DENVER — Not much in this world can be described as perfect. But that's the only word fitting enough for Cade Crader's last outing on the mound for Metro State University Denver.
The senior faced 27 batters and sat each of them down without a hit or a walk, tossing 10 strikeouts in the process. He was perfect -- for the first time in RMAC history.
"After, when everyone was cheering me on and running onto the field, it's a feeling that's hard to beat," Crader said.
Head Coach Ryan Strain got emotional at the thought of the moment.
"It was just awesome. There was pandemonium," he said. "All of the coaches, we were just standing in the dugout and watched our guys run around. Just to see how happy our team was for their teammate, was probably the best thing for me."
It began as an ordinary Saturday start from a consistent senior.
"When he started, it was just like another Cade Crader start," Strain said. "He was filling up the strike zone, he wasn't walking anybody, we were making plays behind him. We felt really good about it. I didn't really realize it was going to happen before the game happened, by any means."
As the strikes and outs tallied up, so did the tension.
"I was starting to get into my head a little bit, so I needed some conversation to distract me a little bit.," Crader said. "I was trying to talk to them, I could tell people were almost actively avoiding me."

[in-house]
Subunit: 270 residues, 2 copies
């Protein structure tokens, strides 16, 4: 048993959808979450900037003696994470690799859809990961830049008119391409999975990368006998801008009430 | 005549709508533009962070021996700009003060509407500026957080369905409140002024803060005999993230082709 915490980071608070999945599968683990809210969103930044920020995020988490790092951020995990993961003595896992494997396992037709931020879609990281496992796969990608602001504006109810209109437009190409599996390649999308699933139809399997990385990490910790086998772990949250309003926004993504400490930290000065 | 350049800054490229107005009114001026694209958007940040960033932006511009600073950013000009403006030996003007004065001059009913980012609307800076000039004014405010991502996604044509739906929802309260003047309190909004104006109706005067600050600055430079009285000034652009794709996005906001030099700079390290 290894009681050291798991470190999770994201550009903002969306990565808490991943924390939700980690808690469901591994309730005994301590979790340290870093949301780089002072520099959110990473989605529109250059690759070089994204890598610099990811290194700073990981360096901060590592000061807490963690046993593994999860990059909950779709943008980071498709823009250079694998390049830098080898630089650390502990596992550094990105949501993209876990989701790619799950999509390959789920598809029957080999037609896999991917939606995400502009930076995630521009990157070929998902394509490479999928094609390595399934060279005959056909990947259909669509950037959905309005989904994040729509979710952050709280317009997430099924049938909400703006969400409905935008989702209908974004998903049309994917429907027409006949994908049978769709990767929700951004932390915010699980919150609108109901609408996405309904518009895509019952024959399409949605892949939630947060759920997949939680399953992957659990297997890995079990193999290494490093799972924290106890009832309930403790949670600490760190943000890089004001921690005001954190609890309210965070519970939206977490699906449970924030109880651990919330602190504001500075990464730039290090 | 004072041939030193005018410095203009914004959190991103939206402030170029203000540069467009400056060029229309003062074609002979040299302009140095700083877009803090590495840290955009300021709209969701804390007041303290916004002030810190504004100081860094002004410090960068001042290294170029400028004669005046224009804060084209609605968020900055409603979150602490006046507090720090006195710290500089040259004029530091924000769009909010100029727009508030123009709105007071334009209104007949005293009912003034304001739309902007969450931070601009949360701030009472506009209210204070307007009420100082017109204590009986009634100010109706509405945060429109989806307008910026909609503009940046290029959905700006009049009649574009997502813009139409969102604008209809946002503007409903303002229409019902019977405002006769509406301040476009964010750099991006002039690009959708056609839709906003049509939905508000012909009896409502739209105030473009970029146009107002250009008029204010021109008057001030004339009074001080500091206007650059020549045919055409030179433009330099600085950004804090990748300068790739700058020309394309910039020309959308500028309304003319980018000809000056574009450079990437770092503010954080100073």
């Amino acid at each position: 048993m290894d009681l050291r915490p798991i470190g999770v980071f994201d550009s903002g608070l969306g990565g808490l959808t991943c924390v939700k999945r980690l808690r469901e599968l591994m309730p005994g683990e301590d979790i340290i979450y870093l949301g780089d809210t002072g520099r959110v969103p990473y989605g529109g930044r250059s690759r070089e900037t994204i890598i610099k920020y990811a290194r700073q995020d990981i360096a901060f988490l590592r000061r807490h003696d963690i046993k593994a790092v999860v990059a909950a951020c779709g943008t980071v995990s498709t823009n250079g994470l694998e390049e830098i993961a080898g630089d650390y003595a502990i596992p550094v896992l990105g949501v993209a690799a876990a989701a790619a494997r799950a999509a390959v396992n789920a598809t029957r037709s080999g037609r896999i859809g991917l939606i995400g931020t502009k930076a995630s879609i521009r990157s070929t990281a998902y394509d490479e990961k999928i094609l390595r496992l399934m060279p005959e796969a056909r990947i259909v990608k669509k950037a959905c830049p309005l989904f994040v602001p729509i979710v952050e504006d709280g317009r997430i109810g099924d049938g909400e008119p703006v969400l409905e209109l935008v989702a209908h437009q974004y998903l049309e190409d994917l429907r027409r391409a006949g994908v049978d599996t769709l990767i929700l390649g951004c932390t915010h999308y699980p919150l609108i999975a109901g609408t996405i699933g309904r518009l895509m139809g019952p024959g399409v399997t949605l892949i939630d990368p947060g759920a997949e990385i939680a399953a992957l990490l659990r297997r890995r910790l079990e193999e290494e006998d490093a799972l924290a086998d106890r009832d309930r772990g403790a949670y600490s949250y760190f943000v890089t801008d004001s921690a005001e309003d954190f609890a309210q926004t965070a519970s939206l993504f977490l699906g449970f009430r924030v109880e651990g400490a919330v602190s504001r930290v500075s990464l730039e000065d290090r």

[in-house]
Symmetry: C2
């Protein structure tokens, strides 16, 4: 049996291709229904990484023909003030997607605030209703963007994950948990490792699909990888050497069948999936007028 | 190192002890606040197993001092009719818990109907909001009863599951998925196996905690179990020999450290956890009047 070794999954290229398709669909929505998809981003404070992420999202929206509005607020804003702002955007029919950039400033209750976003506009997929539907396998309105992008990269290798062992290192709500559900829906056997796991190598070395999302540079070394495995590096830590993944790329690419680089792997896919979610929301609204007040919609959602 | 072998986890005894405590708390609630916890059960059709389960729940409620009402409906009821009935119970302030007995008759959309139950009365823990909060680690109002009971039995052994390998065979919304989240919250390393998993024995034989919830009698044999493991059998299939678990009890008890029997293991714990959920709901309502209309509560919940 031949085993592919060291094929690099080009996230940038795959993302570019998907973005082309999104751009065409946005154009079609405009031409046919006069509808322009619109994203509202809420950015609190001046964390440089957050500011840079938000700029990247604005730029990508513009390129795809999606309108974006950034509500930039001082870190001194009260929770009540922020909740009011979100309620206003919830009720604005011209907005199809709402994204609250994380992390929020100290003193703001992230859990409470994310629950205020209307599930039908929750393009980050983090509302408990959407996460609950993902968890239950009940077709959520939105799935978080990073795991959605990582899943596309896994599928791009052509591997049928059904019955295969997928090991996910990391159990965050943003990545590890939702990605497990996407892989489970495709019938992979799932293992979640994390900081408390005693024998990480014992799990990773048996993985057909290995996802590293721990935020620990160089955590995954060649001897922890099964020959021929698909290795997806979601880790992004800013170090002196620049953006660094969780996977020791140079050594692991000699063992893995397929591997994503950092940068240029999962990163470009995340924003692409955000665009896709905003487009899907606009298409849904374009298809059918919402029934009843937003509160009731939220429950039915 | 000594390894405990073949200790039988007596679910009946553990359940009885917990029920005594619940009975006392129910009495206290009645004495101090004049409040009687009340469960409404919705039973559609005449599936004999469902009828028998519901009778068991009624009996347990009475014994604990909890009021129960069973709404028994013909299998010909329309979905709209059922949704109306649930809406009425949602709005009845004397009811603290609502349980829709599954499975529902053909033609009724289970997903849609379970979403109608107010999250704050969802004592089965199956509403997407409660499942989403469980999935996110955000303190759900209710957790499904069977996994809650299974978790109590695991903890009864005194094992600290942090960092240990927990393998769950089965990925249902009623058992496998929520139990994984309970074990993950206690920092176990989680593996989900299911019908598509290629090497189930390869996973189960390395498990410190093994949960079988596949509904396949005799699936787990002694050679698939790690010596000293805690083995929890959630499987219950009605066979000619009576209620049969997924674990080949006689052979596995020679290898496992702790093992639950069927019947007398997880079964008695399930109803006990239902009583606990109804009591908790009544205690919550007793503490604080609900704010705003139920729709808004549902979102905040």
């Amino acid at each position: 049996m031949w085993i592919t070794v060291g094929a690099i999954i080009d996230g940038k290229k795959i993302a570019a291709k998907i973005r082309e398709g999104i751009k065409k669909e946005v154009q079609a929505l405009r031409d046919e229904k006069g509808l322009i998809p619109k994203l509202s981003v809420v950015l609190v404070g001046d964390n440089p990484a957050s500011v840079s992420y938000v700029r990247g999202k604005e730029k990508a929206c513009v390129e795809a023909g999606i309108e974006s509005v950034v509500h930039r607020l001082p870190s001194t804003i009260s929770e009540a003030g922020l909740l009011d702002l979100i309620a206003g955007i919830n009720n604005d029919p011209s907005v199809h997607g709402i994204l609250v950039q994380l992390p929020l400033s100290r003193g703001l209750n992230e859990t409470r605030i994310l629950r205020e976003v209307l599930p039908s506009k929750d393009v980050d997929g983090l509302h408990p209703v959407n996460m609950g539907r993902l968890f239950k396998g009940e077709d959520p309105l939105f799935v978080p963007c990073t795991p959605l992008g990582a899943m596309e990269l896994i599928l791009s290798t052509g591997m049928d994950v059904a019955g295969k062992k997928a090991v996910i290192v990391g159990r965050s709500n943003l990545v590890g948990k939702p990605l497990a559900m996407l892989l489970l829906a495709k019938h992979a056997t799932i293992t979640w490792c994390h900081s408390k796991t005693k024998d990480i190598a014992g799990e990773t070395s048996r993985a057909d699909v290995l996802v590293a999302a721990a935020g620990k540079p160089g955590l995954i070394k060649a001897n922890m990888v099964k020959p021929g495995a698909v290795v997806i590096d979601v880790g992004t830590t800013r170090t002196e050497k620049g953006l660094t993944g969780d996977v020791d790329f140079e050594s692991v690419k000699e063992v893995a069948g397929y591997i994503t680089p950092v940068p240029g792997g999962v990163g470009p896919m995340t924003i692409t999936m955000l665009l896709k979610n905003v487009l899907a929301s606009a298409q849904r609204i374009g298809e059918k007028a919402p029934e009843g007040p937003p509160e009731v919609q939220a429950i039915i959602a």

The Roadrunners dared not speak the words that started with "p" and "g," but Crader was craving a little TLC.
"I think for him, he was just trying to keep it as normal as he possibly could and not try to think about it too much before he got out there," Strain said. "It was unique the way he was handling it, but there were several times afterward talking to him that he said he wanted to guys to talk to him but no one wanted to be the one to be the one to throw him off of his game."
Both men said the moment hit them in the 7th inning, when the 2-3 hitters were due up.
"All of the sudden it got really quiet," Strain said. "The other thing I noticed is that our stadium got really quiet. It was the first time we were allowed fans and they were loud in the first few innings, but once things got rolling, no one would say anything."
A stadium that was all of the sudden filled with familiarity and jubilance.
"I walked out and they were all standing there waiting for me to come out. I gave them a big hug and they were all excited," Crader said. "It's kind of cheesy, but my dad has always been there for me and he's been a big baseball guy growing up. He was my little league coach and then helped me through middle school and high school. He's been to every game that he can come to."
It was a moment unmatched by any other, Crader said. Not even his first home run in Aurora Little League or countless moments on Grandview High School's baseball team could measure up. His father, however, was present at each of these.
"His dad is at every game that he pitches," Strain said. "For him to get that moment with his dad was unbelievable. We gave him the lineup card so he can hopefully get that framed and put it up in his room and remember that forever."